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Tue, June 25

Tiny fawn is newest Heritage Park resident; click for video

Matt Hinshaw/The Daily Courier<br>
Senior Keeper Jennifer Harkrader feeds a week-and-a-half-old deer at the Heritage Park Zoological Sanctuary Thursday morning in Prescott.

Matt Hinshaw/The Daily Courier<br> Senior Keeper Jennifer Harkrader feeds a week-and-a-half-old deer at the Heritage Park Zoological Sanctuary Thursday morning in Prescott.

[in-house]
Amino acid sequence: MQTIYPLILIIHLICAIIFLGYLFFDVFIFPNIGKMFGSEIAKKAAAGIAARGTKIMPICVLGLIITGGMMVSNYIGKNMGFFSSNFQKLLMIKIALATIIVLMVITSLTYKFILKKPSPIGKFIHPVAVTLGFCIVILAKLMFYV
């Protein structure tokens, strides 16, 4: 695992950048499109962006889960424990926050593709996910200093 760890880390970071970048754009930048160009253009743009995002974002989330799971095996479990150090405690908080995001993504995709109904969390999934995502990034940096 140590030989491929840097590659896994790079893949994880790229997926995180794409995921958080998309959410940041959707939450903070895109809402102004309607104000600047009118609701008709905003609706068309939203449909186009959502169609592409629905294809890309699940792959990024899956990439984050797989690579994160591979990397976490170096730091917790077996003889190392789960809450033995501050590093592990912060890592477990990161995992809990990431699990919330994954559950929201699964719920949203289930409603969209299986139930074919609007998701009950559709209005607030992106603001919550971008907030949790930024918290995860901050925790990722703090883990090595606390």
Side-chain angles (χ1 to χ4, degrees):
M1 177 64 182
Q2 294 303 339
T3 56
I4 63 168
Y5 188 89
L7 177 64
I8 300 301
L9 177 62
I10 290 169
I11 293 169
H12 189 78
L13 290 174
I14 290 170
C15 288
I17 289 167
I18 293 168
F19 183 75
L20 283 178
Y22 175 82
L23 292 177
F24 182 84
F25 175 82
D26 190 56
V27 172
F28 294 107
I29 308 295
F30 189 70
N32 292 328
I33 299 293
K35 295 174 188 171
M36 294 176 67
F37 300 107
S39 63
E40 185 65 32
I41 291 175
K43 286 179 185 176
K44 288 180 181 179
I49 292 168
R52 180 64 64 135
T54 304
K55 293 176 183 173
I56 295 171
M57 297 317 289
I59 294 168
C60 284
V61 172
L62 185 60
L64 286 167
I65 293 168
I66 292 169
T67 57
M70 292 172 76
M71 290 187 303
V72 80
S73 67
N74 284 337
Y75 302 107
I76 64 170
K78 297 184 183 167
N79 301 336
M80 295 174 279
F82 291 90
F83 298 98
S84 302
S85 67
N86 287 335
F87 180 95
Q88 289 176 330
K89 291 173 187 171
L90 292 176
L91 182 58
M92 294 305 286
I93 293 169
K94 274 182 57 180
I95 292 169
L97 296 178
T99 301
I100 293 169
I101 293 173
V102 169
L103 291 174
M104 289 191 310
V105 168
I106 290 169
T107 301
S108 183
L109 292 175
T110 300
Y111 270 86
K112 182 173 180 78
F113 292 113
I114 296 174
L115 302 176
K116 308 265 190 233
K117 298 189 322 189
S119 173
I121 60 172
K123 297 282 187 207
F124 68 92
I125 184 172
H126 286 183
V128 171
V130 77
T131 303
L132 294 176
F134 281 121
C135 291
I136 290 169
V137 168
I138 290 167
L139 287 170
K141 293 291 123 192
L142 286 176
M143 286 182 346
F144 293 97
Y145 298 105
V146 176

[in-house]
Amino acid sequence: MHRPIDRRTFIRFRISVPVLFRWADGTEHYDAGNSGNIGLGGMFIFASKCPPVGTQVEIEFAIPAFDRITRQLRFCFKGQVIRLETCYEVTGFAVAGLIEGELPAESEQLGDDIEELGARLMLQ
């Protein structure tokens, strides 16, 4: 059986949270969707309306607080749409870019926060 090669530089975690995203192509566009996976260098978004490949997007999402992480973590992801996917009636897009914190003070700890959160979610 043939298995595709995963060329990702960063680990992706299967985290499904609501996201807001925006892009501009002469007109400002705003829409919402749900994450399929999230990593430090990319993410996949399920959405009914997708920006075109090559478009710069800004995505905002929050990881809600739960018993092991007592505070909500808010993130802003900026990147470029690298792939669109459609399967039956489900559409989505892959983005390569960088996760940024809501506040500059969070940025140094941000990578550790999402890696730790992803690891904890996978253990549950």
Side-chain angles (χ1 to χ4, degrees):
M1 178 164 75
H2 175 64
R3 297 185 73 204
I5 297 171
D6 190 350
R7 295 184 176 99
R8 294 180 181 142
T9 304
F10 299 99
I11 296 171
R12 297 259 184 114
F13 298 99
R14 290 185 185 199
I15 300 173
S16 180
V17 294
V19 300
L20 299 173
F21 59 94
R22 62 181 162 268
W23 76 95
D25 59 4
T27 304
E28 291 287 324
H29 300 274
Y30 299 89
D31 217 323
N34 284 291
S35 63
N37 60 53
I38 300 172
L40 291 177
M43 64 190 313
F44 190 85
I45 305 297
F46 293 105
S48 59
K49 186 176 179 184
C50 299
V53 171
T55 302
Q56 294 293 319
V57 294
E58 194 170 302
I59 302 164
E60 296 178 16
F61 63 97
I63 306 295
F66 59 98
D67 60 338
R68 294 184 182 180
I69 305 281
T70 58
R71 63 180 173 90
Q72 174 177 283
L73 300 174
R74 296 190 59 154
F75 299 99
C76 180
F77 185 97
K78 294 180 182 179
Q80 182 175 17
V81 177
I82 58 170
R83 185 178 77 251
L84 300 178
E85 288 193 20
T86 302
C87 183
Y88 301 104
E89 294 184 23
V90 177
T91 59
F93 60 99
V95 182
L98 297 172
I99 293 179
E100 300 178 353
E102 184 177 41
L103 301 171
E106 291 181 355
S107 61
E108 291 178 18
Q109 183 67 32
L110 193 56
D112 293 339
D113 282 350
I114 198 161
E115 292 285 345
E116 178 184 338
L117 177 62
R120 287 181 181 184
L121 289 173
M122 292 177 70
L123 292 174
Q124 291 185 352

PRESCOTT - The Heritage Park Zoological Sanctuary in Prescott has an adorable new resident hopping around and testing its wobbly legs.Fewer than 2 weeks old, it's a female mule deer that someone apparently found near Willcox.It still has its spots but that fur color could start disappearing within a few weeks, zoo director Pam McLaren said. The spots help camouflage fawns from predators, and fawns lose them once they can keep up with the herd.Because it's so susceptible to disease right now, it's living inside a room of the educational animals building, but visitors can see it through a large window."This is the first time we've ever had one that young visible to the public," McLaren said. It weighs only about 6 pounds and stands only 14 inches high - not including its big mule-sized ears.A lucky auction winner at the sanctuary's Oct. 6 "Taste of the Wild" fundraiser will get to name the deer.A man brought the fawn to a Tucson health care facility about a week ago and said a coyote killed its mother. The facility called the Arizona Game and Fish Department, which brought the fawn to Prescott this week. It's so young it won't be able to go back to the wild.People should never pick up baby animals because nearly every time, the mother is nearby watching, McLaren explained. It's just staying away so she doesn't tip off predators."Always call before you pick it up," she said, referring to the sanctuary or Game and Fish.The sanctuary often receives calls from people saying a fawn or other baby animal has been without its mother all day, but it's likely the person just can't see the mother, McLaren said."They can sense us long before we see them," she explained.It's lucky that the Prescott sanctuary had room because more often than not, there's no appropriate place that can provide round-the-clock care and then a home for about 15 years for a mule deer.So when people pick up baby animals they often end up getting euthanized, McLaren said."The intentions are good, but the results are most often a death sentence," agreed Erin Butler, game specialist with the Game and Fish Kingman office. "The first instinct is to lend a helping hand, but people have to fight that urge."Luckily the sanctuary happens to have room right now because Bearizona near Williams is adopting two of the sanctuary's five adult mule deer, she said. Zookeepers have kept busy feeding the fawn a special milk-like liquid every 1-2 hours and watching it closely. It has to be tested regularly for chronic wasting disease and other health issues. "The keepers have to work 'round the clock to care for it," McLaren said.The Arizona Game and Fish Department warns people that they also can get a fine for removing wildlife from its habitat.Avian parents will continue to care for a hatchling that has fallen from a nest. However, if the bird is in immediate danger, it is okay to place them back in the nest or in a nearby tree. Contrary to popular belief, human scent will not concern the parents."It's nice to have people so concerned about the welfare of wildlife," Butler said. "We just ask that people do what is best for the animals, and the best thing is to leave them alone.There are other methods to help: watch your pets and your vehicle speed. Pet dogs and cats negatively impact wildlife, especially in the spring when young are born and vulnerable, while vehicles remain the top killer of wildlife in the nation."Young animals have plenty to worry about in the wild," Butler said. "Toss in domestic animals and the problem is compounded. Some of the young received at the office are the result of an attack by a pet."
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